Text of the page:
It has always been about enforcing a very specific view of family, sexuality, and authority, and punishing women (and anyone who can have children; here’s a good link on why it’s so important to include trans and nonbinary people in this conversation) for daring to think differently.

It has always been about cynically using people’s deeply-held beliefs as a way to get-out-the-vote to keep the most immoral, manipulative, authoritarian politicians we have in power.

I don’t believe in reproductive justice just because of the hypocrisy of the “pro-life” movement, and I don’t believe that pointing out that hypocrisy will really do anything to change them. But if there are people out there on the fence about this, I hope this is some food for thought. It’s one thing to have a personal position on this issue; it’s something else to support the right-wing political machine that exploits those personal positions and legitimately hurts people– including children– in the process.

And for people who already agree, another thing that I’m grateful to have learned is that even when there isn’t one magic way to “fix” things, there are always things we can do:

  • DONATE to abortion funds like Yellowhammer and the NNAF, as well as local ones like Our Justice; plus Planned Parenthood, NARAL, etc. wherever you’re at. If you’re able, consider a regular/monthly donation.
  • SUPPORT grassroots organizations doing reproductive justice work (especially in states most affected by these bans) like Sister Song and Spark RJ.
  • SHOW UP to actions organized by those groups. Join organizing efforts if you are able; for example, here’s a “cheat sheet for protecting access” that may be useful for people looking for actions to take right now.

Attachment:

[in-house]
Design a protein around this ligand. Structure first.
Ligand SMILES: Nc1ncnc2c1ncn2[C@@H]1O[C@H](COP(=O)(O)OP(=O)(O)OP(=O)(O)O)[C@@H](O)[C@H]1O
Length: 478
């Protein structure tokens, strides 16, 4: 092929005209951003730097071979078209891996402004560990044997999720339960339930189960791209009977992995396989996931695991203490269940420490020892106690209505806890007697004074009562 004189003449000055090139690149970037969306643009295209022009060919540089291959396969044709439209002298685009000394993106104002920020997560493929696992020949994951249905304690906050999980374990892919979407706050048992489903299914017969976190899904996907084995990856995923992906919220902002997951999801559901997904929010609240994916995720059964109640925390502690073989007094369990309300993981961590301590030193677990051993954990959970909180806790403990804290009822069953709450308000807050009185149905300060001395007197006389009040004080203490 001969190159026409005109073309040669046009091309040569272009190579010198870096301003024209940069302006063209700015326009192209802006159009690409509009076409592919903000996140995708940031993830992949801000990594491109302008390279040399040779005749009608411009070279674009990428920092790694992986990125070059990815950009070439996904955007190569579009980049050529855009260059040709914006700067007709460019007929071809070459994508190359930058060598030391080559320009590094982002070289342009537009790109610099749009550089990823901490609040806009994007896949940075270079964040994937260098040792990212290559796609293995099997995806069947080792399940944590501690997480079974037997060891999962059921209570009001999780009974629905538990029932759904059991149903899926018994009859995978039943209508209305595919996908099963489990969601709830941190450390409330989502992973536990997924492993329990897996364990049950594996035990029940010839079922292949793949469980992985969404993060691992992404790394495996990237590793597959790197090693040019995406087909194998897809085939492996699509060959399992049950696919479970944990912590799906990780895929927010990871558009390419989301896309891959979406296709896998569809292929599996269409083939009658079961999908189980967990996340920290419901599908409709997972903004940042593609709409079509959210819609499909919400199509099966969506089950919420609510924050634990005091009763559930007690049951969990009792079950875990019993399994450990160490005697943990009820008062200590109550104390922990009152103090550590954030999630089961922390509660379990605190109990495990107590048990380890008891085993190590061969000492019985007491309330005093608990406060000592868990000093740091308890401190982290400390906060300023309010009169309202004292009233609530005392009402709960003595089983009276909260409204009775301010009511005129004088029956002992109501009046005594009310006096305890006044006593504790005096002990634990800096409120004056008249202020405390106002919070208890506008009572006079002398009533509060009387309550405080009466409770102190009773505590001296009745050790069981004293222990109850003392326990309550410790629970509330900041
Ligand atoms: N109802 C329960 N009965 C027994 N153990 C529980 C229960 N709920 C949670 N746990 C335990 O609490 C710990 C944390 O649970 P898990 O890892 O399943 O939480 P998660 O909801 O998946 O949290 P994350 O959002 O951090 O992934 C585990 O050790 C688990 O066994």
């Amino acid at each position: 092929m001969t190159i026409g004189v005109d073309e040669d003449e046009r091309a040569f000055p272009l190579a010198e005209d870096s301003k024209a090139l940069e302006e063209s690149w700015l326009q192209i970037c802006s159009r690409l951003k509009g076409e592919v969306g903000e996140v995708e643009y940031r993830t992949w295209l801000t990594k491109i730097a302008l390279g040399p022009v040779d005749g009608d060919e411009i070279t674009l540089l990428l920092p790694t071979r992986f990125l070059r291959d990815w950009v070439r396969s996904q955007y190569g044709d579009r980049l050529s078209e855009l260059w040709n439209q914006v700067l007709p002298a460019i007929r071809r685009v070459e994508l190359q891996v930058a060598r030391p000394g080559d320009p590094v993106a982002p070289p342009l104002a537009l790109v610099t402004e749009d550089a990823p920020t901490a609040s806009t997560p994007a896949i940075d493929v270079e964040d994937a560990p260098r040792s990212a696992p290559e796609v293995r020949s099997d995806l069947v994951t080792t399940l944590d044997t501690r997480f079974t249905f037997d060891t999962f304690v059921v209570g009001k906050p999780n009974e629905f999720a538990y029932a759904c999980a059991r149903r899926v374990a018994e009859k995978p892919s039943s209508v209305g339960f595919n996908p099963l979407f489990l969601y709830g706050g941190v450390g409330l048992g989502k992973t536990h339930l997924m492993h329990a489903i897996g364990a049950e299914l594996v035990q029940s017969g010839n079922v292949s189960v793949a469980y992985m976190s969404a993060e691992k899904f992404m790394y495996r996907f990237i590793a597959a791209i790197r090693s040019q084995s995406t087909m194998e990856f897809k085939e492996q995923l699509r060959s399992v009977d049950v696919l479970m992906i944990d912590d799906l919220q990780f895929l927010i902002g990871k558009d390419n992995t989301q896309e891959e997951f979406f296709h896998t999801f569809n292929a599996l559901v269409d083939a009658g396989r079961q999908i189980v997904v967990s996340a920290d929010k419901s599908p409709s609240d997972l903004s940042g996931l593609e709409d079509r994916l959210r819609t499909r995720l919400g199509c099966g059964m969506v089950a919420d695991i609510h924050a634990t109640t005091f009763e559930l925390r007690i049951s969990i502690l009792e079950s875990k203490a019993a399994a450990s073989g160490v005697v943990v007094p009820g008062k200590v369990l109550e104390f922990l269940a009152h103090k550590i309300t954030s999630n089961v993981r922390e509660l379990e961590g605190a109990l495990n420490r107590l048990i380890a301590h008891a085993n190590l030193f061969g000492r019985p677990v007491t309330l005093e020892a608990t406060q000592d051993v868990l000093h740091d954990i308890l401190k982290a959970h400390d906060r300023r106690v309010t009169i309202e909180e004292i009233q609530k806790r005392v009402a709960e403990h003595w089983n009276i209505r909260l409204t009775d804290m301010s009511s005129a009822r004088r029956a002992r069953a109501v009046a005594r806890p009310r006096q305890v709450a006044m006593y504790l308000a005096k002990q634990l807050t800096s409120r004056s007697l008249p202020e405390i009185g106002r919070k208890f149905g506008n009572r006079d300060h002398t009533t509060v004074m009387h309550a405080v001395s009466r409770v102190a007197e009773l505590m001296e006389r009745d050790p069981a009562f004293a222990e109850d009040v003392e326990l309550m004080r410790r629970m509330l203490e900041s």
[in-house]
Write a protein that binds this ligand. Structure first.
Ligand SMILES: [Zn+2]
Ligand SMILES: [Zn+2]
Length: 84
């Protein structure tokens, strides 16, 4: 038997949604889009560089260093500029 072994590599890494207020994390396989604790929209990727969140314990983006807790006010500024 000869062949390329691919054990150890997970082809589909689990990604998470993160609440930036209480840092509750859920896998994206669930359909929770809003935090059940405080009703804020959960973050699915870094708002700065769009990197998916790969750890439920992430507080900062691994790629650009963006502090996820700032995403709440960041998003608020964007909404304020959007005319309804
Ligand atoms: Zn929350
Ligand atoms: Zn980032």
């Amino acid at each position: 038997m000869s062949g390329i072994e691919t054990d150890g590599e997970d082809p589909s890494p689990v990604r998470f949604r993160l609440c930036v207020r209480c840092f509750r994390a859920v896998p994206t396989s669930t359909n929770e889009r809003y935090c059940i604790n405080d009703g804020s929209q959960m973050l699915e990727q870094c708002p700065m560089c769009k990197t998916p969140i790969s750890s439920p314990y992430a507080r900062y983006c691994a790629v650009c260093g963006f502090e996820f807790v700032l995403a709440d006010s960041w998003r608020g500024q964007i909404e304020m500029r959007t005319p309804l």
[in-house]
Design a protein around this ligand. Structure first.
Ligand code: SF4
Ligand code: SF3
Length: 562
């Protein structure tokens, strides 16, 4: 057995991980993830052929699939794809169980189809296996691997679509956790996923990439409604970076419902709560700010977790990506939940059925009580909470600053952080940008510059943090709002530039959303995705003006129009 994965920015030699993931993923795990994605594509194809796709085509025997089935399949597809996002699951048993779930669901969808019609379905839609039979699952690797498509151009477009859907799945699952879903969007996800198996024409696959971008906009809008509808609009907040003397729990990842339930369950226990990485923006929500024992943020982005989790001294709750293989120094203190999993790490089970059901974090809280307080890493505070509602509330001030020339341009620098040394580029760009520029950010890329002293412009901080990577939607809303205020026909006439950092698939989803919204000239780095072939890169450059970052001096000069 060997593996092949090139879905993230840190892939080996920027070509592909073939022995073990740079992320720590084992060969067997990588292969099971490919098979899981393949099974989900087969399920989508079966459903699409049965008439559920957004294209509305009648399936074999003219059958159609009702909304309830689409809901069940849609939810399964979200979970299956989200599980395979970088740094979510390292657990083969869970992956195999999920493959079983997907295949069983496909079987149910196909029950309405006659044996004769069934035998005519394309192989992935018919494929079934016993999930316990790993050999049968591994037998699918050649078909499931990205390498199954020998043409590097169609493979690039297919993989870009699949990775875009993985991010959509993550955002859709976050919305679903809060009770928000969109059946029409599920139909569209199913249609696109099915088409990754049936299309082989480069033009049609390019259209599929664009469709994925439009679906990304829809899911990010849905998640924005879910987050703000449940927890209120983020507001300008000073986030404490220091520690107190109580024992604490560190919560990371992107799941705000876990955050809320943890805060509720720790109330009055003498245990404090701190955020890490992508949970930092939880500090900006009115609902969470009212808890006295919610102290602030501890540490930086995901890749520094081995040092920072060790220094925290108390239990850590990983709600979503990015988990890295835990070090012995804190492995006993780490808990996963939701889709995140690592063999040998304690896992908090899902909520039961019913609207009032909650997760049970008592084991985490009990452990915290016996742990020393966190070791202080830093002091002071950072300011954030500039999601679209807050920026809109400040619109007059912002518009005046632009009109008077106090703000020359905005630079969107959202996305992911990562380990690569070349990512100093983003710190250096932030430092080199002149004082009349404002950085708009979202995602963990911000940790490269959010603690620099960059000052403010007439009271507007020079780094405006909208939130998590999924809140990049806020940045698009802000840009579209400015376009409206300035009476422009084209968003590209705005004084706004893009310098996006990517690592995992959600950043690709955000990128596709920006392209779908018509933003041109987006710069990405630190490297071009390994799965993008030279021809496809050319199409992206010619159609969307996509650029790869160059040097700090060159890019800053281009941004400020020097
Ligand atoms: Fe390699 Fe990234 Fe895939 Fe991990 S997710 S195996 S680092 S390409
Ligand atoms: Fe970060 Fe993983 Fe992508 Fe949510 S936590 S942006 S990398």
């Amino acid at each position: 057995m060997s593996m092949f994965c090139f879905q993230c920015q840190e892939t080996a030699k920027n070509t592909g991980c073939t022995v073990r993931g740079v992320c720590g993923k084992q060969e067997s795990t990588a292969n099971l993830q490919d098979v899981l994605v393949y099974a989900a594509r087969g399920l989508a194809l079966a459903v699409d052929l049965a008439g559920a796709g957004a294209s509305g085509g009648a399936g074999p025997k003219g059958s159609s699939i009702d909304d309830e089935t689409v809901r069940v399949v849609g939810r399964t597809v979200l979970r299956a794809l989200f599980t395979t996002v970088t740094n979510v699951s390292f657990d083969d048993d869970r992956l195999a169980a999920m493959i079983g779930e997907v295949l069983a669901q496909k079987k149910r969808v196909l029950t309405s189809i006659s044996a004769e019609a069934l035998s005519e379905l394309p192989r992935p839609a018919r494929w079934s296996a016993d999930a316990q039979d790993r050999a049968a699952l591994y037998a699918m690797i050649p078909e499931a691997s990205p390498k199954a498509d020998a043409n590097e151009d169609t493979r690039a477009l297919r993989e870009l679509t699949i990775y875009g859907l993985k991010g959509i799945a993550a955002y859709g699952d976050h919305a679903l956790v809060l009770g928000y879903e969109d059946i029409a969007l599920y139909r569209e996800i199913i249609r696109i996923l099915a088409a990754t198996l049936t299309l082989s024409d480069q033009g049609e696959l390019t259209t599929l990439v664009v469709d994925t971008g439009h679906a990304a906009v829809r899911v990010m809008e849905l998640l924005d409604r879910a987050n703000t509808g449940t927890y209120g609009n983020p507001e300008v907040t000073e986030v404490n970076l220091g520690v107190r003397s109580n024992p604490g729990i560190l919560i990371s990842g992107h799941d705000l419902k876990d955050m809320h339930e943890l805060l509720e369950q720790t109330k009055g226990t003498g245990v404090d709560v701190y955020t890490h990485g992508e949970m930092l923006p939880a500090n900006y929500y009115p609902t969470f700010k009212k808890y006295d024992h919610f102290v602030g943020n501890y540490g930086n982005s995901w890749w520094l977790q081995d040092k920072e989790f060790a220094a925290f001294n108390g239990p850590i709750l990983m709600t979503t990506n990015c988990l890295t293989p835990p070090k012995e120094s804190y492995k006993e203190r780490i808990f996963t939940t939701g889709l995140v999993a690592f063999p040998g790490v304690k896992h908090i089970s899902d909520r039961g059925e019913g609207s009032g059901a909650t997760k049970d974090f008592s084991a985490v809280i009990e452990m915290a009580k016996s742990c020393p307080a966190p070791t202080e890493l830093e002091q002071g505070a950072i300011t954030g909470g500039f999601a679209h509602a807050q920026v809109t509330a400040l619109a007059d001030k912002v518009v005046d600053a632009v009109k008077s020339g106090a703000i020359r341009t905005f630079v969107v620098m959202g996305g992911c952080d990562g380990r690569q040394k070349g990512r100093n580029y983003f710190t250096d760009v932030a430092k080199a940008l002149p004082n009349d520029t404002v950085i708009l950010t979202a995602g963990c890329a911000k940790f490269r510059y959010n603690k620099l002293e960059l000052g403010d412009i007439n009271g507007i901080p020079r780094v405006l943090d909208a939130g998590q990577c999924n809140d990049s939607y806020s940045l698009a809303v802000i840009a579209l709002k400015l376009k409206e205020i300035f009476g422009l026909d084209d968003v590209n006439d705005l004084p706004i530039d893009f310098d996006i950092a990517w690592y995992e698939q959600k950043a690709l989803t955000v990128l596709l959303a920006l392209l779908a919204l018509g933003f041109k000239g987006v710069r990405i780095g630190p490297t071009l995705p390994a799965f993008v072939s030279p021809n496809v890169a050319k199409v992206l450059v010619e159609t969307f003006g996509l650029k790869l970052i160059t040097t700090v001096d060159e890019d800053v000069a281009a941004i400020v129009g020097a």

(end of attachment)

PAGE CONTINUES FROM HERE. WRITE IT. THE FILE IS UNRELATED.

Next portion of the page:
• COMMIT to voting, but also to engaging with elections, especially local elections, in a deeper way. Make demands. Make politicians earn your vote, and volunteer/campaign for the ones who do.
  • LEARN more about reproductive justice. A few intro links here, here, and here. I’d also shout out “Handbook for a Post-Roe America” and this powerful new NYT op-ed from Michelle Alexander.
  • SHIFT the culture by sharing informative links and stories, speaking up, and having conversations with people in your life, especially if you’re not directly affected by these bans. Find ways to support this work via other issues that are linked: advocating for comprehensive sex education, for example.
  • LISTEN to the activists on the ground (not celebrities, not politicians, not me) when the time comes for direct action or other tactics. All those organizations I mentioned? Follow them on social media and/or sign up for their email lists. Find other organizations or activists to listen to; if you care about this issue, “begin with research,” as RLM says.

I hope something in there can be useful and/or mobilizing. Feel free to share; feel free to add more thoughts in the comments. Check out this fantastic Twitter thread (which starts with the tweet at the very top of this post) too.